Today is the May Day holiday, which is celebrated around the world as international workers day. The holiday’s origins are in the struggle by workers in the United States for the 8-hour workday in the late 19th century. This movement, as well as the workers movement more broadly, has a strong tradition of music and song.
Thousands of workers struck to demand the eight-hour day on 1 May 1886, and demonstrations were brutally attacked by the police resulting in the deaths of several participants. This struggle became famous around the world for the deaths of the Haymarket martyrs, four union leaders who were framed for an attack on police officers and hung after being convicted of murder. In 1889, when the Second International was established as a global organisation bringing together socialist parties, 1 May was agreed upon as a day of workers’ struggle to commemorate the Haymarket martyrs and fight for workers’ rights.
The protests and marches of this time had many popular songs that were sung. Perhaps the most famous was “Eight Hours,” which called for “eight hours for work,” “eight hours for rest” and “eight hours for what we will.”
In the United States, folk singers played a prominent role in the decades that followed in writing music that became associated with working class protest and strikes. Pete Seeger sung a famous song in the early 1940s urging workers to form trade unions to secure their rights, entitled “Talking union.” Woody Guthrie’s music was also closely associated with the struggles of workers and the poor against repression and exploitation. His dustbowl ballads of the 1930s detailed the suffering of labourers during the Great Depression, when hundreds of thousands were forced to migrate in search of employment.
Germany, where the first mass workers party was formed, has a long tradition of songs which have become associated with protest and May Day. Famous among them is the Socialist March (Sozialistenmarsch), written for the Social Democratic Party in the 1890s, and Brüder zu Sonne zur Freiheit, which a German translation of a Russian revolutionary song from 1905 and 1917, but which became famous in its own right when it was sung in 1953 during the workers’ uprising in East Berlin against the Stalinist government and in 1989 during the demonstrations against the East German regime.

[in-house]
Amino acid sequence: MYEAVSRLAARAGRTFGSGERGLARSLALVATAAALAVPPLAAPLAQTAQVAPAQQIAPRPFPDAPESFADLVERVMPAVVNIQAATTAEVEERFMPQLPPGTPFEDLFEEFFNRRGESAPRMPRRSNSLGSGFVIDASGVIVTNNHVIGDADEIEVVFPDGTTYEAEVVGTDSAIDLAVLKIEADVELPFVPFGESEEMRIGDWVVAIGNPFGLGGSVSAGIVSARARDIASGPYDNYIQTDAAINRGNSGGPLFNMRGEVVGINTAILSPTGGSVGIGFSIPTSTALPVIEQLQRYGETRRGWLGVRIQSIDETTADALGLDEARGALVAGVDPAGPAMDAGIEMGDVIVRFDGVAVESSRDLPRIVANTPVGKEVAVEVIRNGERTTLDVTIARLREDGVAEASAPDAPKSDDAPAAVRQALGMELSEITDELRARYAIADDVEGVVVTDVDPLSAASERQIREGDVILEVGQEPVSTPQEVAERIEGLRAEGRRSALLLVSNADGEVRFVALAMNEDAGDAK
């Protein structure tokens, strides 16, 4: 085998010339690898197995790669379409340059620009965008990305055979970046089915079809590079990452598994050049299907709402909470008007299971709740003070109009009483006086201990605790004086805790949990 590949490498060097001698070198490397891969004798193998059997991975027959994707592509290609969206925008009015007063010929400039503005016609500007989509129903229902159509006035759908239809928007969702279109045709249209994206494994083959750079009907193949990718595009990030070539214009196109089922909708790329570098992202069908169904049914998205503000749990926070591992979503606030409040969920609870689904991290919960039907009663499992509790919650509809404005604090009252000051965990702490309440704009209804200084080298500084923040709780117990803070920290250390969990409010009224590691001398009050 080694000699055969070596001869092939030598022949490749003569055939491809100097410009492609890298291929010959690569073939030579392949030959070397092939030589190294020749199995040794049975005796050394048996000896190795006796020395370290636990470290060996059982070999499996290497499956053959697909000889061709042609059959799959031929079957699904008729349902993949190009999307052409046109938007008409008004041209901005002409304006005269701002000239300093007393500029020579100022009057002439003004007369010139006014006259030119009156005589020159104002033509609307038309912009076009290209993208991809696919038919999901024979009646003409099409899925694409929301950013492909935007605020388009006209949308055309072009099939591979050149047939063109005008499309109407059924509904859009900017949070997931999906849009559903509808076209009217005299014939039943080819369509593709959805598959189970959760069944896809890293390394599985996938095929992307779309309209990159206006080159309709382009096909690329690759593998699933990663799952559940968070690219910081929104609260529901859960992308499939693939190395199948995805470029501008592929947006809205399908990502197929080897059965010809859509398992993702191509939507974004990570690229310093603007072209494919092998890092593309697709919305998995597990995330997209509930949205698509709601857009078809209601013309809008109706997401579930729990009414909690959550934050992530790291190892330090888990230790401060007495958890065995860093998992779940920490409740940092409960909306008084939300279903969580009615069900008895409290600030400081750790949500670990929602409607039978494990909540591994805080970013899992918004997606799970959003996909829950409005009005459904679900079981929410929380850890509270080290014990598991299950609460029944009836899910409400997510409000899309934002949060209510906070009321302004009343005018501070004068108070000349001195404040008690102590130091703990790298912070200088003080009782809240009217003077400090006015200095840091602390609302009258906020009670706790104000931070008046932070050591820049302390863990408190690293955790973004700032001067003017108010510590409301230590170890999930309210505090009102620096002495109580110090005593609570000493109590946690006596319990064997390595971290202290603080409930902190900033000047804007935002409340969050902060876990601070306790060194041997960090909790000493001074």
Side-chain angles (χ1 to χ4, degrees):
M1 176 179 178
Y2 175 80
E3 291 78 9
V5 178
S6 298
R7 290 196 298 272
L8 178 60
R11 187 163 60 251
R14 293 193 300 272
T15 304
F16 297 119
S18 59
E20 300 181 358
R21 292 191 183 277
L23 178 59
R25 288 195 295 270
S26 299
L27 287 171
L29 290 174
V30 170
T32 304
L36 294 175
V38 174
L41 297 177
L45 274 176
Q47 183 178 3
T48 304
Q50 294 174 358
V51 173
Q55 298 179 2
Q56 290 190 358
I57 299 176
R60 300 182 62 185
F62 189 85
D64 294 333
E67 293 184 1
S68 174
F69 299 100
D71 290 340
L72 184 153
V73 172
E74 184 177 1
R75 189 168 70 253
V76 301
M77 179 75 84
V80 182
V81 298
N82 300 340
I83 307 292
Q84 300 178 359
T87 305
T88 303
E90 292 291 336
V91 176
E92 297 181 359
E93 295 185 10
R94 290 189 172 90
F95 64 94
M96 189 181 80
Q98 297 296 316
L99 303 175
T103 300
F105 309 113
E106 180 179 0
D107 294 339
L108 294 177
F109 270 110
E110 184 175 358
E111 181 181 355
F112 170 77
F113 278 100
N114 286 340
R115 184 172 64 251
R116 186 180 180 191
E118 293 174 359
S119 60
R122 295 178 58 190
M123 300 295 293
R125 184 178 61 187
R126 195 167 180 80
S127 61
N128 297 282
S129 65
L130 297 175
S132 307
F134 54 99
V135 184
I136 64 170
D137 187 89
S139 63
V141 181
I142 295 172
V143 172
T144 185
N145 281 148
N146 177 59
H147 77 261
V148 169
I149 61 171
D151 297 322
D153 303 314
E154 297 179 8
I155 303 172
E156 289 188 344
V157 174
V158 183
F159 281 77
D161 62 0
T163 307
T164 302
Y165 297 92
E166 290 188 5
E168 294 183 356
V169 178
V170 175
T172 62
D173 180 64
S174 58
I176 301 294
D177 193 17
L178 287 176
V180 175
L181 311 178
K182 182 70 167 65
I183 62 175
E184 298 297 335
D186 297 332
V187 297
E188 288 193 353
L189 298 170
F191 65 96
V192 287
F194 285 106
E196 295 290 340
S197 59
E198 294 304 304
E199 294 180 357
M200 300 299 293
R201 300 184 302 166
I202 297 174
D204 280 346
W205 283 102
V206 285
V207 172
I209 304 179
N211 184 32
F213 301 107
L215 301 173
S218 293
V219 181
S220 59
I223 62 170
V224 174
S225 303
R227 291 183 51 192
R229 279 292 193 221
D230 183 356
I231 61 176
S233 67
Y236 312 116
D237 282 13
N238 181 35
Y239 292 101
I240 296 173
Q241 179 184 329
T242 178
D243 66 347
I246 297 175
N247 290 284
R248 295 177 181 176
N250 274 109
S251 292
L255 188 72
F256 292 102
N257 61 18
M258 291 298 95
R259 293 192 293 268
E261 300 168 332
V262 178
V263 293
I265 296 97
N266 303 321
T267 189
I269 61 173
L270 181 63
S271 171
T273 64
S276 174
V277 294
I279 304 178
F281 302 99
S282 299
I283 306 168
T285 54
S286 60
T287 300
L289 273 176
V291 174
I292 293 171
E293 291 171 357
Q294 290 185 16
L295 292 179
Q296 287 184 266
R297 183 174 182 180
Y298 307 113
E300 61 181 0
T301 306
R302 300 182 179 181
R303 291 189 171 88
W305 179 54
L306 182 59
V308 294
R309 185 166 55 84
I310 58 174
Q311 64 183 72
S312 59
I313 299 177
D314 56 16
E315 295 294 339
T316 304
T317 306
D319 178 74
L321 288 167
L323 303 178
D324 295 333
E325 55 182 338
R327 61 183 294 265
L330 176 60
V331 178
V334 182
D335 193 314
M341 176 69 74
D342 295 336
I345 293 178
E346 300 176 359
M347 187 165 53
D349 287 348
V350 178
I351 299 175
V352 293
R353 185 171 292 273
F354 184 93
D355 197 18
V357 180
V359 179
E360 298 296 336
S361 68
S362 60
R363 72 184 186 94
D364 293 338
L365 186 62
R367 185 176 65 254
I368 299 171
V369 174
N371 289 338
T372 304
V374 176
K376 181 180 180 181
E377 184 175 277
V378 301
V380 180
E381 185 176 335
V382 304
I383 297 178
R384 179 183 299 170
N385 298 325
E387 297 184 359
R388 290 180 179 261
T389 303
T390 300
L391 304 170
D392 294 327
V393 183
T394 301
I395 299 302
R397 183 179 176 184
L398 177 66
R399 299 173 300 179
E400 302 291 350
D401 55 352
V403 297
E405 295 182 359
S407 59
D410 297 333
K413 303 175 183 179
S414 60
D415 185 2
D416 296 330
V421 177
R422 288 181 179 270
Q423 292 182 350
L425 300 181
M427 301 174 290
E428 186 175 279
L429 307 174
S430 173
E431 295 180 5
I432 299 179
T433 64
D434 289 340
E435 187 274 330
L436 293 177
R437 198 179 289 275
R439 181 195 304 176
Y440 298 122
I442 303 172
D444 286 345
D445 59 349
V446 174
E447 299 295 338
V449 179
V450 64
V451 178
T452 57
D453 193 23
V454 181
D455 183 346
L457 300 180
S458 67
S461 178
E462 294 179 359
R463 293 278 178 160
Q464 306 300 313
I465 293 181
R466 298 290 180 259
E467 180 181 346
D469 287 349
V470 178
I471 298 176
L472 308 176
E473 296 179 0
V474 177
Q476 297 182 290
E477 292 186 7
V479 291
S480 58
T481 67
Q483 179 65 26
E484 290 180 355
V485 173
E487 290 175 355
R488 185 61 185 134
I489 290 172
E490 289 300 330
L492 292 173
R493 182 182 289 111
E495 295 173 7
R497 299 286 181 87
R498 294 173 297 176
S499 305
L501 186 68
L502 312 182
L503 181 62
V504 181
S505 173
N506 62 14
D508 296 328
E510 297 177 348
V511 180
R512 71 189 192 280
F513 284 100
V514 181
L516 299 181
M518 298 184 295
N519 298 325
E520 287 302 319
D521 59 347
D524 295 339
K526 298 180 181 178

The Internationale, which is the most widely recognised song of the socialist movement, is most closely associated with May Day. It was originally composed in French by Eugene Pottier, who published it shortly after his participation in the Paris Commune of 1871. The words were written in the “Bloody Week” at the end of May 1871, when the revolution which had established the Commune was brutally suppressed with many deaths. In 1888, the melody was composed by Belgian Pierre Degeyter, who was the musical director of a workers choir in Lille. Until then, it was sung to the tune of the Marseillaise.
The song became the national anthem of the Soviet Union after the Russian Revolution, only being replaced in 1943.
Since its creation, the Internationale has been translated into a wide variety of languages and appeared in numerous versions, including one by British singer-songwriter Billy Bragg which largely drops references to the working class and replaces them with humanity as a whole. In this version, Seeger sings the original French version and provides the lyrics in English.
The song also has a history of orchestral performances. Great Italian conductor Arturo Toscanini combined it with a performance of Verdi’s Hymn of Nations in World War II to celebrate the allied victory over fascism in Italy. The section featuring the Internationale was banned in the U.S. by censors during the 1950s because of the Cold War with the Soviet Union.